behind. It's just a small story really, about, among other things: * A
girl * Some words * An accordionist * Some fanatical Germans * A Jewish
fist fighter * And quite a lot of thievery
I saw the book thief three times.
BESIDE THE RAILWAY LINE
First up is something white. Of the blinding kind. Some of you are most
likely thinking that white is not really a color and all of that tired
sort of nonsense. Well, I'm here to tell you that it is. White is
without question a color, and personally, I don't think you want to
argue with me.
***A REASSURING ANNOUNCEMENT *** Please, be calm, despite that
previous threat. I am all bluster-- I am not violent. I am not
malicious. I am a result. Yes, it was white.
It felt as though the whole globe was dressed in snow. Like it had
pulled it on, the way you pull on a sweater. Next to the train line,
footprints were sunken to their shins. Trees wore blankets of ice. As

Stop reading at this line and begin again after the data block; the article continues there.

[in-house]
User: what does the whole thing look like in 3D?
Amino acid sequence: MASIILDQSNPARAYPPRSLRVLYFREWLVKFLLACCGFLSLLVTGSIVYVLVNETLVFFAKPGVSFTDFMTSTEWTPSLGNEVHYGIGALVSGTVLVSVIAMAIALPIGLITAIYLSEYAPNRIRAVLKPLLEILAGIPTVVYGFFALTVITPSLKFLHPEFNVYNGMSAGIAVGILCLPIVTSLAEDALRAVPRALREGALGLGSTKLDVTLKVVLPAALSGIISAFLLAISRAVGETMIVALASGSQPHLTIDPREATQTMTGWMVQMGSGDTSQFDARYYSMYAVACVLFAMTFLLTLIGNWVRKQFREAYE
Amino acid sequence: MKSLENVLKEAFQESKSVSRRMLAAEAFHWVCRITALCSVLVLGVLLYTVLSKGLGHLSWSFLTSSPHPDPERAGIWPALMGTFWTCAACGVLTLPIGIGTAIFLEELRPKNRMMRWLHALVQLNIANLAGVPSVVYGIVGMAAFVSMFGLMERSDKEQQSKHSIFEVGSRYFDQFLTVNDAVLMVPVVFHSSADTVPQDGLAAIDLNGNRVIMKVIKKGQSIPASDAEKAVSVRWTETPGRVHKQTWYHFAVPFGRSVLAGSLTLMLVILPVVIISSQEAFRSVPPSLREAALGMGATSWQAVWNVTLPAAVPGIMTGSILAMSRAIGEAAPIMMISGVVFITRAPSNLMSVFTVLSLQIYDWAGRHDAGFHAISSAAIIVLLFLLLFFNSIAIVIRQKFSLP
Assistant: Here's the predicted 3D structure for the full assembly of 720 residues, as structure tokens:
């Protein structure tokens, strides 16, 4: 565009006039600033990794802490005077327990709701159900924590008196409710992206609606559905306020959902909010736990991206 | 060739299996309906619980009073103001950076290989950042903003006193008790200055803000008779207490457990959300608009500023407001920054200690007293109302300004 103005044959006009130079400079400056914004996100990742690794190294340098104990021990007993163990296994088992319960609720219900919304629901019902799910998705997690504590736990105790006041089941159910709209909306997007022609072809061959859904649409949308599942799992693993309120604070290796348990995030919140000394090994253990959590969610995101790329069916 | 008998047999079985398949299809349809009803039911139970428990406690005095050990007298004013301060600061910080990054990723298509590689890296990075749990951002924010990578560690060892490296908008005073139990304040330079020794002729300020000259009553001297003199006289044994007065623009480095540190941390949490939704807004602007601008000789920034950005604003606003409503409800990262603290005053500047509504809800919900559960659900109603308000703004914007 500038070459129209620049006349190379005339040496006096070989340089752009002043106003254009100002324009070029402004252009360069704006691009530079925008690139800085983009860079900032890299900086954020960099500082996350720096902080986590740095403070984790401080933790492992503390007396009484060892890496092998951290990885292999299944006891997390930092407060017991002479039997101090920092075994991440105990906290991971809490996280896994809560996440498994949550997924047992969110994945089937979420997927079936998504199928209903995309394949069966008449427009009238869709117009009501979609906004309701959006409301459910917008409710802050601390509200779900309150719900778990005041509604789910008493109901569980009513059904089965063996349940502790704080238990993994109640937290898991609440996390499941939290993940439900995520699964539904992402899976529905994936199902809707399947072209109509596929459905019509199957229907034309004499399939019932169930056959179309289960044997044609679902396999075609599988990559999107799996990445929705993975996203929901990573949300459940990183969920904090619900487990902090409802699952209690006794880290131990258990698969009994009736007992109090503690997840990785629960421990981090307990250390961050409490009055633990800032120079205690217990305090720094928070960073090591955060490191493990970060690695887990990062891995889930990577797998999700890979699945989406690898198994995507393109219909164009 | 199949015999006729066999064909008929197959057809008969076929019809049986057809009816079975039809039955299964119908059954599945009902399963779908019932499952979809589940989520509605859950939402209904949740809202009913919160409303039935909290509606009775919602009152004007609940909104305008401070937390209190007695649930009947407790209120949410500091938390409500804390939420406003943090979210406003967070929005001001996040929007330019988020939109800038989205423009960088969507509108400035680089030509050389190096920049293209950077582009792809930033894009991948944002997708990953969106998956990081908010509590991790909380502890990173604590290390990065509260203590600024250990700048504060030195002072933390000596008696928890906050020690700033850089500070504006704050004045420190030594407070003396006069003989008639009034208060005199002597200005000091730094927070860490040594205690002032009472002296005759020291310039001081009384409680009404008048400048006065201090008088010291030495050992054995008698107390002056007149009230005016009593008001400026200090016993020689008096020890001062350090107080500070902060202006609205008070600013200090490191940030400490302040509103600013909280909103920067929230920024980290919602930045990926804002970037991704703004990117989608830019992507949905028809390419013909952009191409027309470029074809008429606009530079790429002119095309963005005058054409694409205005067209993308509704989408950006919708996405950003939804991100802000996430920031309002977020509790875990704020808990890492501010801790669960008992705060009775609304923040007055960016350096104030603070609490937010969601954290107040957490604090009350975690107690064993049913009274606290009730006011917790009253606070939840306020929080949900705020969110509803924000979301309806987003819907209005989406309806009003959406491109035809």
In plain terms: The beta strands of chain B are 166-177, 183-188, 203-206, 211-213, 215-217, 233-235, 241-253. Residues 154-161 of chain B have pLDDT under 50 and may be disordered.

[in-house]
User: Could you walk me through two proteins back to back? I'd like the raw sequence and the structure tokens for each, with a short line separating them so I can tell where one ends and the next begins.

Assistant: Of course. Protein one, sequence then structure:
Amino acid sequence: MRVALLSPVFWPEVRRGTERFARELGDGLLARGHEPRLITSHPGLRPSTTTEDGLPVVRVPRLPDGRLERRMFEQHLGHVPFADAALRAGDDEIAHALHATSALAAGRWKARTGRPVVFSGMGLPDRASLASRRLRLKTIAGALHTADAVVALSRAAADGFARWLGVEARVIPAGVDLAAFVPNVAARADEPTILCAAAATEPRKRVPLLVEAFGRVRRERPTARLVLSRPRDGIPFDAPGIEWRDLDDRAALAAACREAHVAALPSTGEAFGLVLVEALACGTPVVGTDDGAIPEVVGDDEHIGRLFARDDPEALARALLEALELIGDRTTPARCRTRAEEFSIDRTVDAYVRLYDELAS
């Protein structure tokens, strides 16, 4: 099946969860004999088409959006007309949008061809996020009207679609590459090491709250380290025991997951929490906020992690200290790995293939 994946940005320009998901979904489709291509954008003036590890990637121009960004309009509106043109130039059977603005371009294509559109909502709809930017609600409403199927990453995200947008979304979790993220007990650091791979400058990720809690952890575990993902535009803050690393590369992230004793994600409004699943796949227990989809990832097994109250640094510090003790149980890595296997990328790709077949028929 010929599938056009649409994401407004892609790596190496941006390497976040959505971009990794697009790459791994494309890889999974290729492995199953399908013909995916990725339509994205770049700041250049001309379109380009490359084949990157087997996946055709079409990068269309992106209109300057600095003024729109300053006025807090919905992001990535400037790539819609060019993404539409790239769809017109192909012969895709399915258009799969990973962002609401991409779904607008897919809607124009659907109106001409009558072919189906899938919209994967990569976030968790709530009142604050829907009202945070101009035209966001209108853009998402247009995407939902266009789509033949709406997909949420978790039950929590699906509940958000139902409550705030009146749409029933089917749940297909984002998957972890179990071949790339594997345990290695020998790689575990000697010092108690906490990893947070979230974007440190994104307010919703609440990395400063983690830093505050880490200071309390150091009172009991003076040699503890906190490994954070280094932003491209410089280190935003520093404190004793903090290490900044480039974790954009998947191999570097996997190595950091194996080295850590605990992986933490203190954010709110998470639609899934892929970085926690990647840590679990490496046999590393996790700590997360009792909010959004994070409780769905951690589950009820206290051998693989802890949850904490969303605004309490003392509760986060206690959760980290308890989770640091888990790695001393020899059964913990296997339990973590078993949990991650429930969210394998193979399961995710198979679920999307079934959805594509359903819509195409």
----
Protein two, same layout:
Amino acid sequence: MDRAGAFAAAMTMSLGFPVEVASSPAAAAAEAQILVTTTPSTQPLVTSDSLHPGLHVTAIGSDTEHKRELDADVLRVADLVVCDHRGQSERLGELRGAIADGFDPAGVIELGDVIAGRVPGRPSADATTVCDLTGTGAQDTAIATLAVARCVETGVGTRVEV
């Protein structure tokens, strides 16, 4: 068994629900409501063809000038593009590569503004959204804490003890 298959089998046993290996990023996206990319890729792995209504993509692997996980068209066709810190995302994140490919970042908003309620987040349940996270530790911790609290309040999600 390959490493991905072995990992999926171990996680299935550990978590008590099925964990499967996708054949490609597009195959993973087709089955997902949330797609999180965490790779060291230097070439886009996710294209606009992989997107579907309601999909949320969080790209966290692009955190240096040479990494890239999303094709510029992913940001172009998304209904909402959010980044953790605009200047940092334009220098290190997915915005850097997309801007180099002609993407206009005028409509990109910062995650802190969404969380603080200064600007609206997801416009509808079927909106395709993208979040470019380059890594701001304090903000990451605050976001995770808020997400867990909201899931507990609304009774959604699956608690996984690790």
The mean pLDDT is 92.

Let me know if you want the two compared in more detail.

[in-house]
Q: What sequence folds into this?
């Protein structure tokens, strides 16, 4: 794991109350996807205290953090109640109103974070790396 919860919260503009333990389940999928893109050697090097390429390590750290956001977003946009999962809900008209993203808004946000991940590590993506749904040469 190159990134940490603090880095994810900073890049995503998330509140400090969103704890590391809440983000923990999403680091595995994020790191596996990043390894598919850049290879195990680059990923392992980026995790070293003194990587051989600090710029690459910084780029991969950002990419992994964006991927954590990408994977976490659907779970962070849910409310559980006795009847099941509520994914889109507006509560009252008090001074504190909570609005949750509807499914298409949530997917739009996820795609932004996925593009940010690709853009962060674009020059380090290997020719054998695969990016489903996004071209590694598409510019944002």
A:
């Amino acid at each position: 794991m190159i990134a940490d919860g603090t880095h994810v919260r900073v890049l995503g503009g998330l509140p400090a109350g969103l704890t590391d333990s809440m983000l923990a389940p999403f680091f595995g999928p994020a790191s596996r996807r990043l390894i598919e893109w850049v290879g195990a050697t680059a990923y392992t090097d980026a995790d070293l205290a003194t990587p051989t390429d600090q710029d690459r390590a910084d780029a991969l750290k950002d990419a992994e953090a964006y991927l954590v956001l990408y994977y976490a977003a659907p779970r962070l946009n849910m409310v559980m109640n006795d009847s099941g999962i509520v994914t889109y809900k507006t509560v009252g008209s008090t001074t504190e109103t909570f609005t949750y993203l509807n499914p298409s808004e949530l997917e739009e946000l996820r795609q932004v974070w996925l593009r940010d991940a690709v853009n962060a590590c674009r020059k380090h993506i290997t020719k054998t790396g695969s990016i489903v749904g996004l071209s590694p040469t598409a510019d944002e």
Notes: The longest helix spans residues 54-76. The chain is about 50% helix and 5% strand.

you might expect, someone had died.
They couldn't just leave him on the ground. For now, it wasn't such a
problem, but very soon, the track ahead would be cleared and the train
would need to move on. There were two guards. There was one mother and
her daughter. One corpse. The mother, the girl, and the corpse remained
stubborn and silent. "Well, what else do you want me to do?"
The guards were tall and short. The tall one always spoke first, though
he was not in charge. He looked at the smaller, rounder one. The one
with the juicy red face. "Well," was the response, "we
can't just leave them like this, can we?" The tall one was losing
patience. "Why not?" And the smaller one damn near exploded.
He looked up at the tall one's chin and cried, "Spinnst du! Are you